Graded and Redefined Assessment of Strength, Sensibility and Prehension
The GRASSP is a new outcome measure for patients with a cervical spinal cord injury, which is developed and evaluated by an international team since May 2006.
The aim of the GRASSP is to assess hand function in tetraplegic patients in all stages after injury and to document changes of the impairment over time.
The GRASSP consists of three domains:
1. Strength: manual muscle testing of 10 muscles of the upper limb
2. Sensation: Semmes-Weinstein Monofilament testing
- qualitative description of relevant finger/hand positioning for grasping
- grasping test with 6 ADL activities
Reliability and validity of the GRASSP were established in an international multi-centre study. Further evaluation of the GRASSP, such as responsiveness, minimally clinical important differences and more, are subject of a study currently taking place in several collaborating centers in Europe, the US and Canada.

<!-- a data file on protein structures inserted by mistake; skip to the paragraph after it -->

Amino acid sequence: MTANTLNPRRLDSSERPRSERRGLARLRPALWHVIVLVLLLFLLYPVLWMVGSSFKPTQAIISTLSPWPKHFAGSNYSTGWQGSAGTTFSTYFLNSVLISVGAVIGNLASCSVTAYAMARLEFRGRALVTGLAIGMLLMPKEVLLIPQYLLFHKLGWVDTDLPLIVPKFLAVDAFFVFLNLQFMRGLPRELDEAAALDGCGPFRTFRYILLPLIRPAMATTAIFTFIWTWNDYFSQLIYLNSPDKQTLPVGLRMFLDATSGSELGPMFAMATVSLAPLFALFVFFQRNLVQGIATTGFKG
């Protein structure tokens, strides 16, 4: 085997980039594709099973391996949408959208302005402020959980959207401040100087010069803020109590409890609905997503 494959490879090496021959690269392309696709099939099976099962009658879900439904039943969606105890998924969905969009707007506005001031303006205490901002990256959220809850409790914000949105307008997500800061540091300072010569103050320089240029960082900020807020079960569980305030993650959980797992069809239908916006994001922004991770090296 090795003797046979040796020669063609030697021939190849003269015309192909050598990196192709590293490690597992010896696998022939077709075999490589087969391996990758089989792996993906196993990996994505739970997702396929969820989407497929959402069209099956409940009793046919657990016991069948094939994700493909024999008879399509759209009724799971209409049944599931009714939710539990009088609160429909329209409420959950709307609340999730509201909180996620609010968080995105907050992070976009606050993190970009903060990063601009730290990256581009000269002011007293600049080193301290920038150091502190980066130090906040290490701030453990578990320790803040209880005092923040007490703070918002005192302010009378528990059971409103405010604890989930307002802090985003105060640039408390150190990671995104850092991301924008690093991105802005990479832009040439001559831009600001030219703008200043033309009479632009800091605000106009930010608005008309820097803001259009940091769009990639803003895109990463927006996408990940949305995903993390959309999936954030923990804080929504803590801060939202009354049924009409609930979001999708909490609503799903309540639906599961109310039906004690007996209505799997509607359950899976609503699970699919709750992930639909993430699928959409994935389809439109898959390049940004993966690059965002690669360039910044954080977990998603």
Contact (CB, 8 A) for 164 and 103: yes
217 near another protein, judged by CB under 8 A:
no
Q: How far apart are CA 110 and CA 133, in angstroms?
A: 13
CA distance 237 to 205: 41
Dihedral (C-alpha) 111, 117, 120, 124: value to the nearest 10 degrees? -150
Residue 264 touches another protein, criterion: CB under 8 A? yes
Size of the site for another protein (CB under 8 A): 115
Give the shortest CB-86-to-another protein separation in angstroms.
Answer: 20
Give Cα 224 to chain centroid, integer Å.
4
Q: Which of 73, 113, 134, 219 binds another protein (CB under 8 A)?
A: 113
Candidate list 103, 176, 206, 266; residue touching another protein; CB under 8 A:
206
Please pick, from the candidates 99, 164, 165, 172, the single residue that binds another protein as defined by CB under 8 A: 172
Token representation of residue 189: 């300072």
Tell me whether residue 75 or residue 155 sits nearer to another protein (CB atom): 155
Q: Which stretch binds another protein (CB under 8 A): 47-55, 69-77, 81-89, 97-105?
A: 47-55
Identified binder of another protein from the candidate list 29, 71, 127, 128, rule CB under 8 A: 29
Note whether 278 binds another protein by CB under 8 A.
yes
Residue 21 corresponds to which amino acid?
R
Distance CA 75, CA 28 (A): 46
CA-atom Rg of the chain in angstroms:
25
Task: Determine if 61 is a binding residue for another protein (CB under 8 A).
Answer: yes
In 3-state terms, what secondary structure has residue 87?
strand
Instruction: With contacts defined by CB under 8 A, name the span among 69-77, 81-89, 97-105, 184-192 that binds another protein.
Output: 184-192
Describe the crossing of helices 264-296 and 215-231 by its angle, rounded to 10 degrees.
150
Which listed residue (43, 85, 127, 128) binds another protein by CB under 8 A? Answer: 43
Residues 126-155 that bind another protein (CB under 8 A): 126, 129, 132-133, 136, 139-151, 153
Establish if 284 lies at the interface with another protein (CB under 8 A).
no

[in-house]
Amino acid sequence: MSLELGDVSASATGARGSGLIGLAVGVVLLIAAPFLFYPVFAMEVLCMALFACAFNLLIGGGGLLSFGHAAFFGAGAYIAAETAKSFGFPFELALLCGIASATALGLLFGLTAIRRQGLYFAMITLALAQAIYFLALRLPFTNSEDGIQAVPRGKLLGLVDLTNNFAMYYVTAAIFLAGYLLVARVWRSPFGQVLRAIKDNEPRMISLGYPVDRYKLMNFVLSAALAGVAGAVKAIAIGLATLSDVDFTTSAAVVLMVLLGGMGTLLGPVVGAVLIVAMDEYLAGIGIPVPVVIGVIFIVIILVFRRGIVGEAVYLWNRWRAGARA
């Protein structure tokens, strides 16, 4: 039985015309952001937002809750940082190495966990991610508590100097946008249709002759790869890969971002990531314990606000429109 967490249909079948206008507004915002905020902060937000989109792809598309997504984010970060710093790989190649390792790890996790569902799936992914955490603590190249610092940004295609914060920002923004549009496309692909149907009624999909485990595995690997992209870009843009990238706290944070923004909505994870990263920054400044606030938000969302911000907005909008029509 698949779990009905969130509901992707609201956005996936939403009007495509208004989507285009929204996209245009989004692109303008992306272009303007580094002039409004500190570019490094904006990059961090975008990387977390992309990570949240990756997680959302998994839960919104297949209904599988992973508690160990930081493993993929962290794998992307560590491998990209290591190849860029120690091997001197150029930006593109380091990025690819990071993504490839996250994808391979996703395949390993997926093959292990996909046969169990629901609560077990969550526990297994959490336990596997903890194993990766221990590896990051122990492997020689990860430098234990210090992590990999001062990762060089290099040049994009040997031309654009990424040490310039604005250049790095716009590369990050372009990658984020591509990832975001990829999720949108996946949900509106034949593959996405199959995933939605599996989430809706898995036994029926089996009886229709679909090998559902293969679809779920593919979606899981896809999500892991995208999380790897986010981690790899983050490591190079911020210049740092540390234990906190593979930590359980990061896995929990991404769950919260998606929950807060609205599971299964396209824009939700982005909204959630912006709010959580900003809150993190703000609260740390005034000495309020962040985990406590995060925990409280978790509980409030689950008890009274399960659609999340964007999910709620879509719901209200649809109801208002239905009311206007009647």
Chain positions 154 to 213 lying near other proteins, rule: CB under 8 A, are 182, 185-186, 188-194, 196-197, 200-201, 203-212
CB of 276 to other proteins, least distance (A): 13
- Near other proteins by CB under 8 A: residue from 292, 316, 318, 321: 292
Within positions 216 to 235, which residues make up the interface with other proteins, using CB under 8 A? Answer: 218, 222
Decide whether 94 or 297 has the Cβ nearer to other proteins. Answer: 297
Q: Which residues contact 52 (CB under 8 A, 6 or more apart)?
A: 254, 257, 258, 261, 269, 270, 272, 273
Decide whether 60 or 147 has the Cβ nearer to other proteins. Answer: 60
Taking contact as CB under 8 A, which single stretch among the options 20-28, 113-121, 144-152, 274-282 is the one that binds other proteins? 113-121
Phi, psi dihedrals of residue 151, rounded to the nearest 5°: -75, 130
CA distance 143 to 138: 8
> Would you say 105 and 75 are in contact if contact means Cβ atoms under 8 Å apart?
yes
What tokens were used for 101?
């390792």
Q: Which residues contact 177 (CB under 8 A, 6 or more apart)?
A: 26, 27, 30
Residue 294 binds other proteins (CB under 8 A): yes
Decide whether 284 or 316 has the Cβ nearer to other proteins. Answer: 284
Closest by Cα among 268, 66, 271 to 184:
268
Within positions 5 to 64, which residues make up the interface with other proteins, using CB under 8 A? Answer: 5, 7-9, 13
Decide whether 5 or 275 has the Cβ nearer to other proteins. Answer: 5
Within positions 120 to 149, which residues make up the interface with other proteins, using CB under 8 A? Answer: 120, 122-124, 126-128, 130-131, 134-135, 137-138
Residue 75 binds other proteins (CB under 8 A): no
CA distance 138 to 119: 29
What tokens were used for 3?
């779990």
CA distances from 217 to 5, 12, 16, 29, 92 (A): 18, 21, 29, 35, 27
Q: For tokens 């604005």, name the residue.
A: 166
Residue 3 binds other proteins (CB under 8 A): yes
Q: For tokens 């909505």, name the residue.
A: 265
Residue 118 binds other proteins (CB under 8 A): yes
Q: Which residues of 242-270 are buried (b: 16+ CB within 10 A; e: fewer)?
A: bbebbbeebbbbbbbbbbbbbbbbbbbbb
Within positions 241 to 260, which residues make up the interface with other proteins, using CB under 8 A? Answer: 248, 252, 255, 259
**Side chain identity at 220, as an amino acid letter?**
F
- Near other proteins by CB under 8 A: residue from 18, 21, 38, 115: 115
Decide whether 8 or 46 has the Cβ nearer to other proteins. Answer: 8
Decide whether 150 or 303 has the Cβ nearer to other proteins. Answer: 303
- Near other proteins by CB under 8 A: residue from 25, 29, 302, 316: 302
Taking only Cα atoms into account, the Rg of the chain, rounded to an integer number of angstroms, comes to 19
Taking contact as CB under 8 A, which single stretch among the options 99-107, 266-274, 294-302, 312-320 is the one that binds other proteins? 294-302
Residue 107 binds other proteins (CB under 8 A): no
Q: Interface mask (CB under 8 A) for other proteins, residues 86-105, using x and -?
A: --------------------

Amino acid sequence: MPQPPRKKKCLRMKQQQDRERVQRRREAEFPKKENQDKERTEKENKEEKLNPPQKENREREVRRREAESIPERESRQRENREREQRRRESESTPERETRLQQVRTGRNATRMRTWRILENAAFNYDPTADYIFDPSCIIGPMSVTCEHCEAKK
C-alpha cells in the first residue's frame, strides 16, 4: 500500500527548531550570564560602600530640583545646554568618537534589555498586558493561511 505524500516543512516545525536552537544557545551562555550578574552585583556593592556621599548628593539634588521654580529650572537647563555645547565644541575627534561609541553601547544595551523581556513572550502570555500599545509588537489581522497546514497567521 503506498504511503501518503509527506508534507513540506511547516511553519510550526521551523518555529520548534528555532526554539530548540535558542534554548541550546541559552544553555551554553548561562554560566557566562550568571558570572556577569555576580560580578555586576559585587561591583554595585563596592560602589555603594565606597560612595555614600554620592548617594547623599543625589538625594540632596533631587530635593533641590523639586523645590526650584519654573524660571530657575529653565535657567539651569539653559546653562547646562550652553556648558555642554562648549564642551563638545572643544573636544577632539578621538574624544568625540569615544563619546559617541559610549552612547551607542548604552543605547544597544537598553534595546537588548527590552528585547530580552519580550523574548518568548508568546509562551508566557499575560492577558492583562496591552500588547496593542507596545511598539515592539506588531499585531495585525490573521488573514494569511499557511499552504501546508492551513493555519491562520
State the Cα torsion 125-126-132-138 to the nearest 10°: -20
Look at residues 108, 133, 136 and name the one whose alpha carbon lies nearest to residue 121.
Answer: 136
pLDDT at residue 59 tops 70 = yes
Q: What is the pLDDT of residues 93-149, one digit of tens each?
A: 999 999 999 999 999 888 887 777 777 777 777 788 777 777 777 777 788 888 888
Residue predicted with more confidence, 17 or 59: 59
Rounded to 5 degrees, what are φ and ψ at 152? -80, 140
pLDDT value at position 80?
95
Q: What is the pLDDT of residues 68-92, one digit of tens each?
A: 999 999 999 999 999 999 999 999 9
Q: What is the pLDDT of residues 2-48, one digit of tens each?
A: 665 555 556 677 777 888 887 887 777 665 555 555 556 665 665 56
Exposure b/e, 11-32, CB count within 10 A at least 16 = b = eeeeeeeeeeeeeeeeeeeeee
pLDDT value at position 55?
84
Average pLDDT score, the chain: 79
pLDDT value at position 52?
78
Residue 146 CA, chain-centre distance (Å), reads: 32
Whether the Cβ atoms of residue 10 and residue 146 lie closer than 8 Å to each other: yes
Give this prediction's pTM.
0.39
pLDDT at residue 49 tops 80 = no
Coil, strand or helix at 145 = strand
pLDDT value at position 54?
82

Domain 1 Domain 2
1. Kalsi-Ryan S., et al., The Graded Redefined Assessment of Strength Sensibility and Prehension (GRASSP): Reliability and Validity. J Neurotrauma. 2011 Aug 12. [Epub ahead of print]
2. Kalsi-Ryan S., et al., Assessment of the Hand in Tetraplegia Using the Graded Redefined Assessment of Strength, Sensibility and Prehension (GRASSP): Impairment Versus Function.
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